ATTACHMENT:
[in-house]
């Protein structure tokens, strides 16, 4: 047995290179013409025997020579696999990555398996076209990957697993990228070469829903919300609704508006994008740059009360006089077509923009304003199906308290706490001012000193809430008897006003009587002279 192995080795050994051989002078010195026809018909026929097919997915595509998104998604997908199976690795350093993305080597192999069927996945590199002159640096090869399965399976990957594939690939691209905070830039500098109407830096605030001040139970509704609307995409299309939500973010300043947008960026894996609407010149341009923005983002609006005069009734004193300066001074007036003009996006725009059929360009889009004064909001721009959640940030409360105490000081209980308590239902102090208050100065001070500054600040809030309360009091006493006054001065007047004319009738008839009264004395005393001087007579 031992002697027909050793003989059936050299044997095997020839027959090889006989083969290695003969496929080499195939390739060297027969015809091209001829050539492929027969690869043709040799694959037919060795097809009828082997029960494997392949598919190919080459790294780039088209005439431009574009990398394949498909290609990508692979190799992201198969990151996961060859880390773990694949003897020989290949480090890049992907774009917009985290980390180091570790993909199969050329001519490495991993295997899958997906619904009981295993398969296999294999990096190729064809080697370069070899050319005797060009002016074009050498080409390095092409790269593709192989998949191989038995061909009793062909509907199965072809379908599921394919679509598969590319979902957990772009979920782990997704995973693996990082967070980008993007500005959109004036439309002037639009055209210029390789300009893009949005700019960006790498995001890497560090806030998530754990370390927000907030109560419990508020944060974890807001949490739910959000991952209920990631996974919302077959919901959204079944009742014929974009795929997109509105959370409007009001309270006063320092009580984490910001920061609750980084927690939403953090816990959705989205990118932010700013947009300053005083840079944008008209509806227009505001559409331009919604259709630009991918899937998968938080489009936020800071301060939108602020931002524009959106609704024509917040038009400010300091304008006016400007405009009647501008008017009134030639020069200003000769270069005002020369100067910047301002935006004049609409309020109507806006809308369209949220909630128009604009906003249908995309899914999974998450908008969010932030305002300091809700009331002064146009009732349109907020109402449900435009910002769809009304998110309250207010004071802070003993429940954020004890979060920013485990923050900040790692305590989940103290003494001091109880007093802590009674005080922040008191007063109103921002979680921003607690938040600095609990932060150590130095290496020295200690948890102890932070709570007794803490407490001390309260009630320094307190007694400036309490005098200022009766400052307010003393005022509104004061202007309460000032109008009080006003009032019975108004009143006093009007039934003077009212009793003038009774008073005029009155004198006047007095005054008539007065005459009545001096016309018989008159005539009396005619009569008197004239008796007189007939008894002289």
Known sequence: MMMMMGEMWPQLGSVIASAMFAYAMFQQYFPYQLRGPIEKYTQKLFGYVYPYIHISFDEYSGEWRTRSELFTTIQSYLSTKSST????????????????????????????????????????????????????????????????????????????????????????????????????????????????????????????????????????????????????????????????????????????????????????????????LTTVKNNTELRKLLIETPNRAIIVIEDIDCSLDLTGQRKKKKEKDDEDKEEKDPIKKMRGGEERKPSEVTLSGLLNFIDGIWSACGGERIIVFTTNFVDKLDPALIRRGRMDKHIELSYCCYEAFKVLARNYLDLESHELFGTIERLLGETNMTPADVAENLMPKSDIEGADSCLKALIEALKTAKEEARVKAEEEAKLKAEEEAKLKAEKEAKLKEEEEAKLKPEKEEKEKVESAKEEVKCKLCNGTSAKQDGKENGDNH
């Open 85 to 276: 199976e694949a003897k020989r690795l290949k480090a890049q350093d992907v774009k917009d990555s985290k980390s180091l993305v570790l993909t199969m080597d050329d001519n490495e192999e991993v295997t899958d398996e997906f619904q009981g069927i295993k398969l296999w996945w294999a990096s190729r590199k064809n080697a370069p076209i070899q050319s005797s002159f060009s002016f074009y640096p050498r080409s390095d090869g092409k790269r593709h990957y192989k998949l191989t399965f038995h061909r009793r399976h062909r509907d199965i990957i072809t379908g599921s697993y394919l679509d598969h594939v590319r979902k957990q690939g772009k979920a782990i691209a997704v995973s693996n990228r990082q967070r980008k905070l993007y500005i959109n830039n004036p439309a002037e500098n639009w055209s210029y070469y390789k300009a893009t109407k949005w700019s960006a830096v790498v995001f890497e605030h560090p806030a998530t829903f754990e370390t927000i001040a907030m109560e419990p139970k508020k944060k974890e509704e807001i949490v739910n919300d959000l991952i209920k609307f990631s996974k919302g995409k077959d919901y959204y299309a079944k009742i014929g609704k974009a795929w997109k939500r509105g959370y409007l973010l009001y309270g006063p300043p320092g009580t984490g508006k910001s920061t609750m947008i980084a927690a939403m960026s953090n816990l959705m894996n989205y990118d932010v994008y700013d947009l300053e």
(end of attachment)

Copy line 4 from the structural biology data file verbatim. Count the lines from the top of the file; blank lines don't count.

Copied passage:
């Open 85 to 276: 199976e694949a003897k020989r690795l290949k480090a890049q350093d992907v774009k917009d990555s985290k980390s180091l993305v570790l993909t199969m080597d050329d001519n490495e192999e991993v295997t899958d398996e997906f619904q009981g069927i295993k398969l296999w996945w294999a990096s190729r590199k064809n080697a370069p076209i070899q050319s005797s002159f060009s002016f074009y640096p050498r080409s390095d090869g092409k790269r593709h990957y192989k998949l191989t399965f038995h061909r009793r399976h062909r509907d199965i990957i072809t379908g599921s697993y394919l679509d598969h594939v590319r979902k957990q690939g772009k979920a782990i691209a997704v995973s693996n990228r990082q967070r980008k905070l993007y500005i959109n830039n004036p439309a002037e500098n639009w055209s210029y070469y390789k300009a893009t109407k949005w700019s960006a830096v790498v995001f890497e605030h560090p806030a998530t829903f754990e370390t927000i001040a907030m109560e419990p139970k508020k944060k974890e509704e807001i949490v739910n919300d959000l991952i209920k609307f990631s996974k919302g995409k077959d919901y959204y299309a079944k009742i014929g609704k974009a795929w997109k939500r509105g959370y409007l973010l009001y309270g006063p300043p320092g009580t984490g508006k910001s920061t609750m947008i980084a927690a939403m960026s953090n816990l959705m894996n989205y990118d932010v994008y700013d947009l300053e």